It will be another while before Hiroaki Nakanishi, Chairman of Hitachi, leaves the front line of the Japanese conglomerate.
Hitachi held a meeting of their board of directors on February 3, 2016 to decide on personnel changes for the new fiscal year starting in April. However, Hiroaki Nakanishi’s decision to step down from his executive officer position was met with unified opposition by all outside directors.
Current Chairman of the Board Nakanishi is part of a team of six executives led by Takashi Kawamura (currently an adviser), who spearheaded Hitachi’s impressive comeback. Nakanishi served as president from 2010 and as chairman and CEO from 2014, and despite the fact that his work was not yet finished, he was considering resigning of his position.
According to Nakanishi, one reason for this decision was that, since becoming CEO, Hitachi employees had displayed a tendency toward passiveness, acting only when he directed them to do so. He thought that resigning his executive officer role might reenergize the overall corporate atmosphere, but the board’s outside directors aimed to stop this move in light of the rich overseas network that Nakanishi has cultivated — personal connections only he was capable of sustaining.
Despite Hitachi’s massive year-end net loss of 787.3 billion yen (about $708 million) posted in March 2009, the company had achieved an end-of-year net profit of 341.7 billion yen (about $312 million) just three years later in March 2012, exhibiting an impressive V-shaped recovery. Even though Hitachi is today considered a leading company in their business fields, its stock price has been declining for the last two years.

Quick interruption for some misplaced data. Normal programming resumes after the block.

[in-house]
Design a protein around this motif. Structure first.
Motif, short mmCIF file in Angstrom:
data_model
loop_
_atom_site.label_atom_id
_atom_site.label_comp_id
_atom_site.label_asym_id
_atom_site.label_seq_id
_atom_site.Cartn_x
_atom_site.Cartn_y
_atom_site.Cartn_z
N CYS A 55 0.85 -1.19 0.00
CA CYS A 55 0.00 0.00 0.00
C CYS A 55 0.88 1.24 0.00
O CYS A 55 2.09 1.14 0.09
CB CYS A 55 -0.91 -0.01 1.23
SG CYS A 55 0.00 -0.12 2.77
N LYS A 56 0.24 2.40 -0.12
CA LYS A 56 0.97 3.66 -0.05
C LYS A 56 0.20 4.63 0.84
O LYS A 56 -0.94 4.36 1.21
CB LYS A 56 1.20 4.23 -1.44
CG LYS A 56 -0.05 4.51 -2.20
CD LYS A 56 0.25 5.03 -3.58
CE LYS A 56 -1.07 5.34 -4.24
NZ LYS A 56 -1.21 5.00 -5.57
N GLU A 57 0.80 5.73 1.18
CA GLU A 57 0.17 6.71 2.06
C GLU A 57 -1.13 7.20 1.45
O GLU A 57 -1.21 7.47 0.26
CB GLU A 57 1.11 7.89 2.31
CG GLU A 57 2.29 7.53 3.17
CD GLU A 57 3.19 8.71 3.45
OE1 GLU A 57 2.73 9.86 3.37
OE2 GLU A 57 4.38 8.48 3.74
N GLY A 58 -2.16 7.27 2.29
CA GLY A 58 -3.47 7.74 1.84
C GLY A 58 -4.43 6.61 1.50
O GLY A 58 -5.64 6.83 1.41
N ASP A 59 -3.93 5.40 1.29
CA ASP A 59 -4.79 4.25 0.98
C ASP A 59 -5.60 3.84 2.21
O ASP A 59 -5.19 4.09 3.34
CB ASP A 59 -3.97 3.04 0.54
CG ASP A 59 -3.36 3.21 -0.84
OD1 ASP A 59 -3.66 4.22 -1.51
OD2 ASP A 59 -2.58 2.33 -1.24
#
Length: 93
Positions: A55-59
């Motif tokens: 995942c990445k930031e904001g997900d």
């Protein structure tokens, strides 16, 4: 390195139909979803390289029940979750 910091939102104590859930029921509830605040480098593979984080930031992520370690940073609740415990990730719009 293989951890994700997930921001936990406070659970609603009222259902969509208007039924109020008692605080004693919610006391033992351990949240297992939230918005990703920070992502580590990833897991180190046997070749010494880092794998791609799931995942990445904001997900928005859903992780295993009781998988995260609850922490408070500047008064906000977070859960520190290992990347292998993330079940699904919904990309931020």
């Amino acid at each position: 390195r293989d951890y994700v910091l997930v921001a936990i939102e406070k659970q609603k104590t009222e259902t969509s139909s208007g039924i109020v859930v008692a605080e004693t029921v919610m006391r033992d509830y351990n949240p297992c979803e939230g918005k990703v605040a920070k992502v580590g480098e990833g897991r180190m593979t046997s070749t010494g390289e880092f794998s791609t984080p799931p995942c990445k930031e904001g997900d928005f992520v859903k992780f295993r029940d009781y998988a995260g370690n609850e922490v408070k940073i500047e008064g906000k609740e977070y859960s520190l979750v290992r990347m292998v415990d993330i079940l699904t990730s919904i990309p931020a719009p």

As one possible factor behind the falling stock prices, some point to the complexities that arise from Hitachi’s handling of everything from nuclear power to refrigerators, and not everyone is confident that the company will be able to pull itself out of the current downward spiral. We had a frank discussion with Chairman Nakanishi on the matter.
From an outside perspective, it appears that Hitachi’s bold reforms have entered a period of stagnation.
People sometimes tell me that Hitachi’s progress has come to a standstill, but I think it just appears that way from the outside. We are constantly debating the issues, brainstorming, and trying out new things. If those same people were to tell me that the speed of our progress is not particularly fast, I would have to admit that, yes, this is true.
Has the sense of crisis at Hitachi become less pronounced?
Yes, it seems that way. I’d be worried if people started saying things like, “I’m doing the best I can!” Some members merely list their problems, but these people are really trying to say that even if they strive to make a profit, it’s impossible to achieve in reality. However, all of our board members are very perceptive when it comes to things like this, and they can tell that such people are just making excuses.
Isn’t it true that you set a 10% profit margin target for sales quite some time ago but haven’t yet achieved it?
This is something that could take years to achieve. In order to stand a chance against our global competitors, it is vital for us to be a cash-rich company. These competitors have two-digit profit margin targets, but they also have trillions of yen in cash at their disposal. We can’t hope to compete with such companies if we only have several hundred billion yen in our pockets — that would be an unsustainable strategy.